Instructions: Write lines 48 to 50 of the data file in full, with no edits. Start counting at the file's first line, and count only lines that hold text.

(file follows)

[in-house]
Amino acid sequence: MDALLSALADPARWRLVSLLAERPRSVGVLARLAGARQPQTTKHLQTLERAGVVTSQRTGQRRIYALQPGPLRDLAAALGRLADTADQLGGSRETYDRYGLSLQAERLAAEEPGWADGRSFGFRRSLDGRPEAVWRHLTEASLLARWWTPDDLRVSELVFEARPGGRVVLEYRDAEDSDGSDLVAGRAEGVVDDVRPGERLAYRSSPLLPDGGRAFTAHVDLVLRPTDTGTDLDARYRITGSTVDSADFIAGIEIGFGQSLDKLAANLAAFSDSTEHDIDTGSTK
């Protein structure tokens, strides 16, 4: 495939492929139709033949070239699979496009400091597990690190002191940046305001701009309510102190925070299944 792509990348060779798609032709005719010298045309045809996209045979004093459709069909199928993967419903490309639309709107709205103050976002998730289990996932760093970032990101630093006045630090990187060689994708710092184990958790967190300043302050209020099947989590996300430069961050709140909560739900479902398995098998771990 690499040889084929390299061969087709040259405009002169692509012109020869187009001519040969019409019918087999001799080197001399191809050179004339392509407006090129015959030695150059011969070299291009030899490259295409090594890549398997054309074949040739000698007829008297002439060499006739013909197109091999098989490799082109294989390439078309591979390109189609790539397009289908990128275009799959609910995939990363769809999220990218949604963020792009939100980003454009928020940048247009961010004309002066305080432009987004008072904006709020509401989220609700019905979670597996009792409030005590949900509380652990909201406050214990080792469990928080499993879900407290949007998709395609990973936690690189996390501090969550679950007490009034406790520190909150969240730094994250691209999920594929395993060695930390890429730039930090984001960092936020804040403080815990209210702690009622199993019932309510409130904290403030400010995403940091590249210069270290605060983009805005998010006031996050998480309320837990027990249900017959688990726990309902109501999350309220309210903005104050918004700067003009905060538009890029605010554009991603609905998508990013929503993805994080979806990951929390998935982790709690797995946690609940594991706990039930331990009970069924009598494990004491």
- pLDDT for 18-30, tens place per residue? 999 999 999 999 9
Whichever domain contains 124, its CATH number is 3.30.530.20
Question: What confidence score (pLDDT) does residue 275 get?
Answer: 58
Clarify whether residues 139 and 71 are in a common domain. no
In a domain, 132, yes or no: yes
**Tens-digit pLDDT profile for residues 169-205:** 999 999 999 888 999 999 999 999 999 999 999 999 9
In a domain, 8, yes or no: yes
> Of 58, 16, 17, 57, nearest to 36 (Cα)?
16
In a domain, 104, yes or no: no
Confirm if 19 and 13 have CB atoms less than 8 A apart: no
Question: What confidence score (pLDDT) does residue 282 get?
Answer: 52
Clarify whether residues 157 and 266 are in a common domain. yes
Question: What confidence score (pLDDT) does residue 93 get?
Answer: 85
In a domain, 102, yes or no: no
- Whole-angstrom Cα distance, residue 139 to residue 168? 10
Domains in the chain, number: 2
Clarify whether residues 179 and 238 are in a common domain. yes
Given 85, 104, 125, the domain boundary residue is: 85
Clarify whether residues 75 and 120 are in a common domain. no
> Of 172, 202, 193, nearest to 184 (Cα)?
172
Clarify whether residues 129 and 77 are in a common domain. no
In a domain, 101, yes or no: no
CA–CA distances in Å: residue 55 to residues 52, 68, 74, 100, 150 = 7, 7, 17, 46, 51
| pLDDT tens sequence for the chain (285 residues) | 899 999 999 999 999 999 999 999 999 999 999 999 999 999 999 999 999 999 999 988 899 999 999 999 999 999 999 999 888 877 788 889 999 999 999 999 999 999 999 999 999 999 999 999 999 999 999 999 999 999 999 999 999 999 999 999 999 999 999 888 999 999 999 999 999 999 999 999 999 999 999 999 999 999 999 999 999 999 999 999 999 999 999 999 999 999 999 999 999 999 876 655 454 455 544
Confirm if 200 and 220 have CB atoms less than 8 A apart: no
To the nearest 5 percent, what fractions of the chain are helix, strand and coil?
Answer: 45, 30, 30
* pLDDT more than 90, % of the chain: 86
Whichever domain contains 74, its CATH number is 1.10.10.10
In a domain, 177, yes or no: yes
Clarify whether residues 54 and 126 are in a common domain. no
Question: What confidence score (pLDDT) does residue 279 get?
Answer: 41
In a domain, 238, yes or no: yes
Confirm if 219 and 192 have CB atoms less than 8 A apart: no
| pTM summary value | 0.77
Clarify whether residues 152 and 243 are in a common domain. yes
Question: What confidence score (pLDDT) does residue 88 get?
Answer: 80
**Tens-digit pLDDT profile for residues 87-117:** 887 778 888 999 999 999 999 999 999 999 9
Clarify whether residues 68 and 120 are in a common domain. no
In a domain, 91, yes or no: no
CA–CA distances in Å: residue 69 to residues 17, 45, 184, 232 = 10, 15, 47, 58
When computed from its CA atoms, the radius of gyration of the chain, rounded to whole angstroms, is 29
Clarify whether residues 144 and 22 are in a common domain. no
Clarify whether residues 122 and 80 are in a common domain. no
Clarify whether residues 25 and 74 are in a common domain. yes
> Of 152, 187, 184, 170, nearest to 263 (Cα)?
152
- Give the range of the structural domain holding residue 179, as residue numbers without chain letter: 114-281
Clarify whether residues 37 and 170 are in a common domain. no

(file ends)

**Tens-digit pLDDT profile for residues 87-117:** 887 778 888 999 999 999 999 999 999 999 9
Clarify whether residues 68 and 120 are in a common domain. no
In a domain, 91, yes or no: no